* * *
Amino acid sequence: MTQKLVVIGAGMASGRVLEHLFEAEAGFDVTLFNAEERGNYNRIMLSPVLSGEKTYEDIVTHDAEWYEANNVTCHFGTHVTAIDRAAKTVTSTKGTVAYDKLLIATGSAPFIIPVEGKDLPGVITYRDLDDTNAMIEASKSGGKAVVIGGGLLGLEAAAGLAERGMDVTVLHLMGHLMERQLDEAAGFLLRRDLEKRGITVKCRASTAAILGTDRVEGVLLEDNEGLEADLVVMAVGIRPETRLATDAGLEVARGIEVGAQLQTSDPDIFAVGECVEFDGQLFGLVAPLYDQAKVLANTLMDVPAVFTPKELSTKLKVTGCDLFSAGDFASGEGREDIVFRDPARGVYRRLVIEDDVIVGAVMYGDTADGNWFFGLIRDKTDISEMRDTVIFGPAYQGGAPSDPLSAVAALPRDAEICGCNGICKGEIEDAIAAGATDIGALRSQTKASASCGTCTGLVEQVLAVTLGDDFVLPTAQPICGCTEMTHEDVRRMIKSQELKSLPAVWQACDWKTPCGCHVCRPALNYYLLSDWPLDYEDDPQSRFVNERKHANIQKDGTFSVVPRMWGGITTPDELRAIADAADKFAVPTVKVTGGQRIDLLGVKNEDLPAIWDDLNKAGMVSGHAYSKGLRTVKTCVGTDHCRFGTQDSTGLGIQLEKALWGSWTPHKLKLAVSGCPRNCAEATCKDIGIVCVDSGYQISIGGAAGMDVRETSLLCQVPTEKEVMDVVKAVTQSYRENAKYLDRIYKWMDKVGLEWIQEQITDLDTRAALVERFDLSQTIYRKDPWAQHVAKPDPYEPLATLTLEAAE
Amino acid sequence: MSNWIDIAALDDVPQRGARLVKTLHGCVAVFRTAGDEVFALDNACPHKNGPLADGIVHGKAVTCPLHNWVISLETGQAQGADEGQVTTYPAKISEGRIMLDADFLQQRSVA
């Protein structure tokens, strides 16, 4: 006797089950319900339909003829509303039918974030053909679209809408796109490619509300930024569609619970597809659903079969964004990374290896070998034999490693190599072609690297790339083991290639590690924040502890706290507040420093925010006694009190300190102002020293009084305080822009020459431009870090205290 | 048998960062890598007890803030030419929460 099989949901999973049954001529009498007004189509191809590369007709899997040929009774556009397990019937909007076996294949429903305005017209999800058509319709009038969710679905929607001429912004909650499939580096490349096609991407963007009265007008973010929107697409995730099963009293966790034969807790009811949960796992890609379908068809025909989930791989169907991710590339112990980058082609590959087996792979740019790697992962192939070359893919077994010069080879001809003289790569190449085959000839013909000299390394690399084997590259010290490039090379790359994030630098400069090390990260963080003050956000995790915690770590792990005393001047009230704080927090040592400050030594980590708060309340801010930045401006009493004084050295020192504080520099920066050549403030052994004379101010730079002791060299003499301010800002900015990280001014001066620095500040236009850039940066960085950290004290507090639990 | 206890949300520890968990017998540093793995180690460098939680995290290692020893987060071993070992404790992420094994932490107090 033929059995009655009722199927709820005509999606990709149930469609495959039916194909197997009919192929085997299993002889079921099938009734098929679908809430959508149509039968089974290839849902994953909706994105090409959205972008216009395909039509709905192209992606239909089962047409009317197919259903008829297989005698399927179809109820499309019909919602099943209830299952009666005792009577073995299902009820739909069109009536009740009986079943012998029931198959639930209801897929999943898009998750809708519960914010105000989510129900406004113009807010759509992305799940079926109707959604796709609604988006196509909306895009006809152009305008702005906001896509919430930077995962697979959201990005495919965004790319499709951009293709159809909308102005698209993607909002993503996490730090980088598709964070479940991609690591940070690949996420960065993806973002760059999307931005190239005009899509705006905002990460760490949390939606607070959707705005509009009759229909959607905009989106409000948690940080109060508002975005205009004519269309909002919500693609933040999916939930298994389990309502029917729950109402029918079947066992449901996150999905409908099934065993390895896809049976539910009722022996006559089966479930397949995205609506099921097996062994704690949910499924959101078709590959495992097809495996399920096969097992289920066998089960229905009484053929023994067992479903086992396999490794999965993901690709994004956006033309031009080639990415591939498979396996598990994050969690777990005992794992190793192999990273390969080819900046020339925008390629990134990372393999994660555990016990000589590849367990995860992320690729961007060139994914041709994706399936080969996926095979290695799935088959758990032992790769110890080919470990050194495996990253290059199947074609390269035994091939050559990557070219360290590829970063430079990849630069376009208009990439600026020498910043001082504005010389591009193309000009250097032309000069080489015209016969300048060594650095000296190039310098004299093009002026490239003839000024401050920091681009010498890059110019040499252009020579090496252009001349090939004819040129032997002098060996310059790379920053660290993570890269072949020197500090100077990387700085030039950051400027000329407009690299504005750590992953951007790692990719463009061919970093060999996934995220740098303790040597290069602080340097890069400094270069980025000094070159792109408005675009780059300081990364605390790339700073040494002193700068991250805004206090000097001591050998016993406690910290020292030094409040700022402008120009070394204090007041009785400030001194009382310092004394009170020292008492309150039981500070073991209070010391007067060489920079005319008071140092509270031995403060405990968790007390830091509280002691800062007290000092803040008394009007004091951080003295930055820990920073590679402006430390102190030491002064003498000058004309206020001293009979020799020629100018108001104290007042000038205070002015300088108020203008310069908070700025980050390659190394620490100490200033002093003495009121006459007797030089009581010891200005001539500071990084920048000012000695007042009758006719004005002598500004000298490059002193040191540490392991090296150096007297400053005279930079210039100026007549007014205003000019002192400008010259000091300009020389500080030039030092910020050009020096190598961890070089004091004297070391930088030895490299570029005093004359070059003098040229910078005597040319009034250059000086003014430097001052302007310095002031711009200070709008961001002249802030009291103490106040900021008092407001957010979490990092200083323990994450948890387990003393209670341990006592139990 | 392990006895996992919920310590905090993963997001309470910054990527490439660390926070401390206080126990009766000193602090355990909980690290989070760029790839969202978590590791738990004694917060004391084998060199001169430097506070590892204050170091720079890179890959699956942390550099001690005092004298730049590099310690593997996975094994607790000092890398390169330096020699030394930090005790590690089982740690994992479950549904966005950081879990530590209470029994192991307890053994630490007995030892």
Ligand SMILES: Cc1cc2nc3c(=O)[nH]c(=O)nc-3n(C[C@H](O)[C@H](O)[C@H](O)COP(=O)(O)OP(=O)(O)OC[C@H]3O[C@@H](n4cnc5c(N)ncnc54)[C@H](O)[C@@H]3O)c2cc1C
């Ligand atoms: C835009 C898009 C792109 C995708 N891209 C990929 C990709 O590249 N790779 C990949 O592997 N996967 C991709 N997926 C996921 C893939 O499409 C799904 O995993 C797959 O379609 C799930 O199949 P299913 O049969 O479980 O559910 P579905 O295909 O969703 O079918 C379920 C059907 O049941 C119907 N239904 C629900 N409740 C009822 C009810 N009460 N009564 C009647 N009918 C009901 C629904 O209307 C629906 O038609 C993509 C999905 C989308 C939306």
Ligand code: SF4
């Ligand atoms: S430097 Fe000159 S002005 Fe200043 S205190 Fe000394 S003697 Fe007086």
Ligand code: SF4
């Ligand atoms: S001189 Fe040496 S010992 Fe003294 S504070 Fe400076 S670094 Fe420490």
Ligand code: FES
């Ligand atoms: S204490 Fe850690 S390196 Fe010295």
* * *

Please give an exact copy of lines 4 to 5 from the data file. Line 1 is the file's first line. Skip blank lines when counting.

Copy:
Ligand SMILES: Cc1cc2nc3c(=O)[nH]c(=O)nc-3n(C[C@H](O)[C@H](O)[C@H](O)COP(=O)(O)OP(=O)(O)OC[C@H]3O[C@@H](n4cnc5c(N)ncnc54)[C@H](O)[C@@H]3O)c2cc1C
């Ligand atoms: C835009 C898009 C792109 C995708 N891209 C990929 C990709 O590249 N790779 C990949 O592997 N996967 C991709 N997926 C996921 C893939 O499409 C799904 O995993 C797959 O379609 C799930 O199949 P299913 O049969 O479980 O559910 P579905 O295909 O969703 O079918 C379920 C059907 O049941 C119907 N239904 C629900 N409740 C009822 C009810 N009460 N009564 C009647 N009918 C009901 C629904 O209307 C629906 O038609 C993509 C999905 C989308 C939306």